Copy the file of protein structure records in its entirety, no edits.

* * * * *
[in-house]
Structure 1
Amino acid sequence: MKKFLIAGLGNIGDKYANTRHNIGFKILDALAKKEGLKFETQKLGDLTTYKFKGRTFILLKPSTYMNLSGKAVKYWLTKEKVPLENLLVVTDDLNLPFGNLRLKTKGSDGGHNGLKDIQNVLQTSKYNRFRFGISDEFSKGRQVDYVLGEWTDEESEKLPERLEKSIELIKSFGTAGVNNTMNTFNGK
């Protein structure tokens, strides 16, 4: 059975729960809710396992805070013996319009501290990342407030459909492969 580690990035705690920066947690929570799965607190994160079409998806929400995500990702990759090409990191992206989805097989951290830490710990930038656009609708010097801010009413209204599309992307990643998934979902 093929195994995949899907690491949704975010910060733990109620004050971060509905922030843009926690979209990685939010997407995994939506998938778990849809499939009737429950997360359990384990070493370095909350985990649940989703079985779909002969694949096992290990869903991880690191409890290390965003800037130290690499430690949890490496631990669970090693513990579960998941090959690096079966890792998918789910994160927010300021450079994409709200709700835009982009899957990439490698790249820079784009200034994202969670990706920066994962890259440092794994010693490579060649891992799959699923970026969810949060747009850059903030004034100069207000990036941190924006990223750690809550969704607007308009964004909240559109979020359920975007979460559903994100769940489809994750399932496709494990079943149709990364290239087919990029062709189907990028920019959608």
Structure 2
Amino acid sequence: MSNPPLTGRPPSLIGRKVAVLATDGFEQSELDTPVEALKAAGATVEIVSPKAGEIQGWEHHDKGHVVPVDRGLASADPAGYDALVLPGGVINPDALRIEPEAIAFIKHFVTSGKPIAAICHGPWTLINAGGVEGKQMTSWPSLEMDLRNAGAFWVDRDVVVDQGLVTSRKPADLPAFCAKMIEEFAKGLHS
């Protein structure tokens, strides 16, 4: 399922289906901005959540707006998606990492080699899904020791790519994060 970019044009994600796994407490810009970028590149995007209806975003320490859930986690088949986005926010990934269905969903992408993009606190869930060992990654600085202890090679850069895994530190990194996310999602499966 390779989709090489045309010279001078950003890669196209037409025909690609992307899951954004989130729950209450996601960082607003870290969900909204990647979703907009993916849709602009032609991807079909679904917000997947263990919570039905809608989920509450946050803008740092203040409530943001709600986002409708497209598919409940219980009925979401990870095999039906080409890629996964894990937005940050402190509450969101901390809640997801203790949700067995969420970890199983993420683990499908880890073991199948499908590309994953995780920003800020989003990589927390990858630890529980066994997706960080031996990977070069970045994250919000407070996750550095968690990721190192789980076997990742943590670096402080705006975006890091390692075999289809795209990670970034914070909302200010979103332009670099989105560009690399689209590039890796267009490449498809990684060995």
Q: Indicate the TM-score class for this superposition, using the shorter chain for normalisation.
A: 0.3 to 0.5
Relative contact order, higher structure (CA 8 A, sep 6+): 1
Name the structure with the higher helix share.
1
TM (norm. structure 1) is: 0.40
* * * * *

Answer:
[in-house]
Structure 1
Amino acid sequence: MKKFLIAGLGNIGDKYANTRHNIGFKILDALAKKEGLKFETQKLGDLTTYKFKGRTFILLKPSTYMNLSGKAVKYWLTKEKVPLENLLVVTDDLNLPFGNLRLKTKGSDGGHNGLKDIQNVLQTSKYNRFRFGISDEFSKGRQVDYVLGEWTDEESEKLPERLEKSIELIKSFGTAGVNNTMNTFNGK
């Protein structure tokens, strides 16, 4: 059975729960809710396992805070013996319009501290990342407030459909492969 580690990035705690920066947690929570799965607190994160079409998806929400995500990702990759090409990191992206989805097989951290830490710990930038656009609708010097801010009413209204599309992307990643998934979902 093929195994995949899907690491949704975010910060733990109620004050971060509905922030843009926690979209990685939010997407995994939506998938778990849809499939009737429950997360359990384990070493370095909350985990649940989703079985779909002969694949096992290990869903991880690191409890290390965003800037130290690499430690949890490496631990669970090693513990579960998941090959690096079966890792998918789910994160927010300021450079994409709200709700835009982009899957990439490698790249820079784009200034994202969670990706920066994962890259440092794994010693490579060649891992799959699923970026969810949060747009850059903030004034100069207000990036941190924006990223750690809550969704607007308009964004909240559109979020359920975007979460559903994100769940489809994750399932496709494990079943149709990364290239087919990029062709189907990028920019959608």
Structure 2
Amino acid sequence: MSNPPLTGRPPSLIGRKVAVLATDGFEQSELDTPVEALKAAGATVEIVSPKAGEIQGWEHHDKGHVVPVDRGLASADPAGYDALVLPGGVINPDALRIEPEAIAFIKHFVTSGKPIAAICHGPWTLINAGGVEGKQMTSWPSLEMDLRNAGAFWVDRDVVVDQGLVTSRKPADLPAFCAKMIEEFAKGLHS
């Protein structure tokens, strides 16, 4: 399922289906901005959540707006998606990492080699899904020791790519994060 970019044009994600796994407490810009970028590149995007209806975003320490859930986690088949986005926010990934269905969903992408993009606190869930060992990654600085202890090679850069895994530190990194996310999602499966 390779989709090489045309010279001078950003890669196209037409025909690609992307899951954004989130729950209450996601960082607003870290969900909204990647979703907009993916849709602009032609991807079909679904917000997947263990919570039905809608989920509450946050803008740092203040409530943001709600986002409708497209598919409940219980009925979401990870095999039906080409890629996964894990937005940050402190509450969101901390809640997801203790949700067995969420970890199983993420683990499908880890073991199948499908590309994953995780920003800020989003990589927390990858630890529980066994997706960080031996990977070069970045994250919000407070996750550095968690990721190192789980076997990742943590670096402080705006975006890091390692075999289809795209990670970034914070909302200010979103332009670099989105560009690399689209590039890796267009490449498809990684060995």
Q: Indicate the TM-score class for this superposition, using the shorter chain for normalisation.
A: 0.3 to 0.5
Relative contact order, higher structure (CA 8 A, sep 6+): 1
Name the structure with the higher helix share.
1
TM (norm. structure 1) is: 0.40